If you use an iPhone or an iPad, you’ve been able to launch your favorite banking app and authenticate using your biometrics in lieu of a password since Touch ID’s debut, and now Apple is looking to expand password-less logins to websites. At the Worldwide Developers Conference, Apple informed developers that Safari 14 will bring Face ID and Touch ID to websites that support Fast Identity Online (FIDO) logins on iOS, iPad OS, and macOS.
The feature, based on Web Authentication and implemented by Apple as Platform Authenticator, is expected to arrive by the end of the year and will debut with iOS 14 and macOS Big Sur, the Mac-maker stated.
Apple revealed the new FIDO-based login in the release notes for Safari 14 beta. The company stated that it had “added a Web Authentication platform authenticator using Face ID or Touch ID, depending on which capability is present.” Essentially, Apple combines your Face ID or Touch ID with credentials that are stored on the device’s secure enclave.
This leads to multifactor authentication in just a single step, Apple WebKit engineer Jiewen Tan said.
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Biometric login on Safari websites will work in a similar way to how Sign in with Apple works. When you visit a compatible site that supports FIDO authentication, you’ll need to initially log in by entering your username and password for the initial visit. On subsequent visits, you’ll be greeted with a pop-up asking if you want to use your fingerprint or face to log in. The feature is built using the FIDO 2 standard, as Apple had joined the alliance earlier this year.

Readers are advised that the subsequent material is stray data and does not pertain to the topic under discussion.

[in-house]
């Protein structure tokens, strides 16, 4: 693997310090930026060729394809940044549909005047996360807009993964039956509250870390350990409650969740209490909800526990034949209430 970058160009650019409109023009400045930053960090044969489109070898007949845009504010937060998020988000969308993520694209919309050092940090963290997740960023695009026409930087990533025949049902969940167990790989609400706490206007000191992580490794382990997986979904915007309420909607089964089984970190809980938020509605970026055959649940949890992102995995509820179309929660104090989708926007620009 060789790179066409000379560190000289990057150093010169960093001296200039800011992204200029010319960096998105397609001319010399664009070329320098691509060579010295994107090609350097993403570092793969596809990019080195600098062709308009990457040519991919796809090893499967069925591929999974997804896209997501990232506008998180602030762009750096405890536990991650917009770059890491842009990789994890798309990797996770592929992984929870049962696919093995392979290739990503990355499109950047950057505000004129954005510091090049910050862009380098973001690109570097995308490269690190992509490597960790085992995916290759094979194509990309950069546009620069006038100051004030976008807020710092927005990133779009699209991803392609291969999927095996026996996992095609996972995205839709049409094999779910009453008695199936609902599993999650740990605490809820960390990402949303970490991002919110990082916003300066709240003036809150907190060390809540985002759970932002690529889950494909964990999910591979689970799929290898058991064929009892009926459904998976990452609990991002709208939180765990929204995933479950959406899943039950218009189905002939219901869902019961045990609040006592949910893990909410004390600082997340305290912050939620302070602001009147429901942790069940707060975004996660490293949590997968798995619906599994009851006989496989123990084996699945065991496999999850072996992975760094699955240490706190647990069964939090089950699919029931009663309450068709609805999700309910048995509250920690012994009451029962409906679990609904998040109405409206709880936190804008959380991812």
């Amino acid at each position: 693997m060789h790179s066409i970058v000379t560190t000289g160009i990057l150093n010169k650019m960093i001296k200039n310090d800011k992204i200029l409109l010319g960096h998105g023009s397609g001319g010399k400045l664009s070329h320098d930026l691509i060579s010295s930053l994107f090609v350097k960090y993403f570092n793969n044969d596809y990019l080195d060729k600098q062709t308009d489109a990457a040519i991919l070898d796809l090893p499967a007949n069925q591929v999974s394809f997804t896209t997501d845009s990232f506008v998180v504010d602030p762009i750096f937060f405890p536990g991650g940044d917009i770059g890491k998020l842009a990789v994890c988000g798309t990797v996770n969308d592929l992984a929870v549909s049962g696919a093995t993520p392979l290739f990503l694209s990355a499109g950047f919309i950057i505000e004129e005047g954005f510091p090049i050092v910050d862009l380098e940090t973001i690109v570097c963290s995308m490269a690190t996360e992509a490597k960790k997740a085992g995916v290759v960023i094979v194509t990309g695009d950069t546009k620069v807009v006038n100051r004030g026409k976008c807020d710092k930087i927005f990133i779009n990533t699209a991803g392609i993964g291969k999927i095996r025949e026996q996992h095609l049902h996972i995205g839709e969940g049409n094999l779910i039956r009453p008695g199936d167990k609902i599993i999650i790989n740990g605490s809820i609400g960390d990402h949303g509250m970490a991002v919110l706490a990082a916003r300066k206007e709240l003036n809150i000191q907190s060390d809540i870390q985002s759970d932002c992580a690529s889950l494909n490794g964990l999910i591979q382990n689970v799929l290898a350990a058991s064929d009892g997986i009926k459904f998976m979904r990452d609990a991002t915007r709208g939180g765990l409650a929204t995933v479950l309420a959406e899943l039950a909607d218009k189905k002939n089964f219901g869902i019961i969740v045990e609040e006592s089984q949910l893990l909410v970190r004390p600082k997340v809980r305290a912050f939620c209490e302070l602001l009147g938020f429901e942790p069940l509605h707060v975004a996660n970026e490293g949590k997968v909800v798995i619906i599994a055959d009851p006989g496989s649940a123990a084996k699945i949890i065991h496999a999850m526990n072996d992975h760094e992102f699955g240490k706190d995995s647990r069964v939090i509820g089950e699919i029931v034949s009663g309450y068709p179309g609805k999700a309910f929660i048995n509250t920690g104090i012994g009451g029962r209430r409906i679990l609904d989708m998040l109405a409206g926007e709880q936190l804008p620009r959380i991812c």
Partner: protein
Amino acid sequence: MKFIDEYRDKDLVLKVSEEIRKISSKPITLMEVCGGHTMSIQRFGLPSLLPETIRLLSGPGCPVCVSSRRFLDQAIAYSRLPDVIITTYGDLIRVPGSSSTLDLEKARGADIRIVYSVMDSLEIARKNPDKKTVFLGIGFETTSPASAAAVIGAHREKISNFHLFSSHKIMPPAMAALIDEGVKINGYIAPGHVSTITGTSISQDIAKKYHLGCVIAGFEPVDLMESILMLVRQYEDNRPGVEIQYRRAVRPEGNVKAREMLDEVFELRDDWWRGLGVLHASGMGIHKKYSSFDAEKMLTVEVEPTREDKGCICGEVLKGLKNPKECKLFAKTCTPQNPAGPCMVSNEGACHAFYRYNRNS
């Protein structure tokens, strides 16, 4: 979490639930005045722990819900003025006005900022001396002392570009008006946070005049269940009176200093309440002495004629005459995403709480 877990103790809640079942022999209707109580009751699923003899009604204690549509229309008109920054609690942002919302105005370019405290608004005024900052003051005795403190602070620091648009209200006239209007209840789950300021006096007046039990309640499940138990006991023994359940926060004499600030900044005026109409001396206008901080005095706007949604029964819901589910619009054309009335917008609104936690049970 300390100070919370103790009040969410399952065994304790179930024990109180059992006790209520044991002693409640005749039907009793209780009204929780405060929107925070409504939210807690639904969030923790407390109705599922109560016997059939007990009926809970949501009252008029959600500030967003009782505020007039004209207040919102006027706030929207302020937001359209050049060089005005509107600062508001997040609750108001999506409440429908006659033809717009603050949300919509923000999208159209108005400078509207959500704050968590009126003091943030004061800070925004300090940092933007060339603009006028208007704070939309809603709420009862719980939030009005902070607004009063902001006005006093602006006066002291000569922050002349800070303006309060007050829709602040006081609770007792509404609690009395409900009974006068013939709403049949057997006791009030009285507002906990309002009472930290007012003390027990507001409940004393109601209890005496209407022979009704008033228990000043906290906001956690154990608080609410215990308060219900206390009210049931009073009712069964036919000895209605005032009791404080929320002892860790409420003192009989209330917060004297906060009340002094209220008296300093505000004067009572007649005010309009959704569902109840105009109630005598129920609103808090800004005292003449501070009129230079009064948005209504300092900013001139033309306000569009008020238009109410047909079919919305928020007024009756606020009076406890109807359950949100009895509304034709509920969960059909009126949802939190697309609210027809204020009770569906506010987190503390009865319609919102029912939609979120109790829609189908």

Unlike saved iCloud keychain passwords under the current version of iOS, for example, that auto-fills your username and password saved on iCloud, password-less FIDO logins will allow users to directly log onto the website using biometric authentication without the username and password being entered into the respective fields on the web page. The new system will make accounts more secure, as it won’t be tied to your username or password. And while websites that present high-security content may ask you to re-sign in with your physical username and password every so often, FIDO’s biometric logins don’t come with the same restrictions.
“But more importantly, it is Phishing-resistant,” Apple told developers during a WWDC 2020 engineering session, according to a MacRumors report. “Safari will only allow public credentials created by this API to be used within the web site they were created, and the credential can never be exported out from the authenticator they were created in as well. This means that once a public credential has been provisioned, there is no way for a user to accidentally divulge it to another party. Cool right?! This is the overview of the Web Authentication standard.”